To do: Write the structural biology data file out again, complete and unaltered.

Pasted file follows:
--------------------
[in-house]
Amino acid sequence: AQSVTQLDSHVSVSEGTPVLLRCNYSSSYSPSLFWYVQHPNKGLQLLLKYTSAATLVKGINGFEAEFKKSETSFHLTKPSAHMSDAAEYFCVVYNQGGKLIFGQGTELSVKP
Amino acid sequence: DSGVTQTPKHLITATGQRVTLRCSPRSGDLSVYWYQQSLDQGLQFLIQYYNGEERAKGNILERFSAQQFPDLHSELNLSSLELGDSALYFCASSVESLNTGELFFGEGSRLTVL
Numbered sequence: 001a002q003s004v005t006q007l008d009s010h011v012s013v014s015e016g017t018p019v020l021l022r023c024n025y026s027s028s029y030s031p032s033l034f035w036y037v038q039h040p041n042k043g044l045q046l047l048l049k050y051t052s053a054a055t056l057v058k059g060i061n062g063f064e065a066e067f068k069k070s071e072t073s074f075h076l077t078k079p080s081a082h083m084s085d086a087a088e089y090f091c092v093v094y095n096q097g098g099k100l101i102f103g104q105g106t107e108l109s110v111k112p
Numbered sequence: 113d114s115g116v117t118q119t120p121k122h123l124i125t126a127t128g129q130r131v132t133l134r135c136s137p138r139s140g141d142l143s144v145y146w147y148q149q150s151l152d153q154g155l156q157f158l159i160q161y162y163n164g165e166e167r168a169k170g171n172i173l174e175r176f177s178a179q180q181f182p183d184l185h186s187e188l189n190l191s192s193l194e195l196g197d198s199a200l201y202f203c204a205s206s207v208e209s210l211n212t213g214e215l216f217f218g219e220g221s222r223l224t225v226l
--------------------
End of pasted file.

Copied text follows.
[in-house]
Amino acid sequence: AQSVTQLDSHVSVSEGTPVLLRCNYSSSYSPSLFWYVQHPNKGLQLLLKYTSAATLVKGINGFEAEFKKSETSFHLTKPSAHMSDAAEYFCVVYNQGGKLIFGQGTELSVKP
Amino acid sequence: DSGVTQTPKHLITATGQRVTLRCSPRSGDLSVYWYQQSLDQGLQFLIQYYNGEERAKGNILERFSAQQFPDLHSELNLSSLELGDSALYFCASSVESLNTGELFFGEGSRLTVL
Numbered sequence: 001a002q003s004v005t006q007l008d009s010h011v012s013v014s015e016g017t018p019v020l021l022r023c024n025y026s027s028s029y030s031p032s033l034f035w036y037v038q039h040p041n042k043g044l045q046l047l048l049k050y051t052s053a054a055t056l057v058k059g060i061n062g063f064e065a066e067f068k069k070s071e072t073s074f075h076l077t078k079p080s081a082h083m084s085d086a087a088e089y090f091c092v093v094y095n096q097g098g099k100l101i102f103g104q105g106t107e108l109s110v111k112p
Numbered sequence: 113d114s115g116v117t118q119t120p121k122h123l124i125t126a127t128g129q130r131v132t133l134r135c136s137p138r139s140g141d142l143s144v145y146w147y148q149q150s151l152d153q154g155l156q157f158l159i160q161y162y163n164g165e166e167r168a169k170g171n172i173l174e175r176f177s178a179q180q181f182p183d184l185h186s187e188l189n190l191s192s193l194e195l196g197d198s199a200l201y202f203c204a205s206s207v208e209s210l211n212t213g214e215l216f217f218g219e220g221s222r223l224t225v226l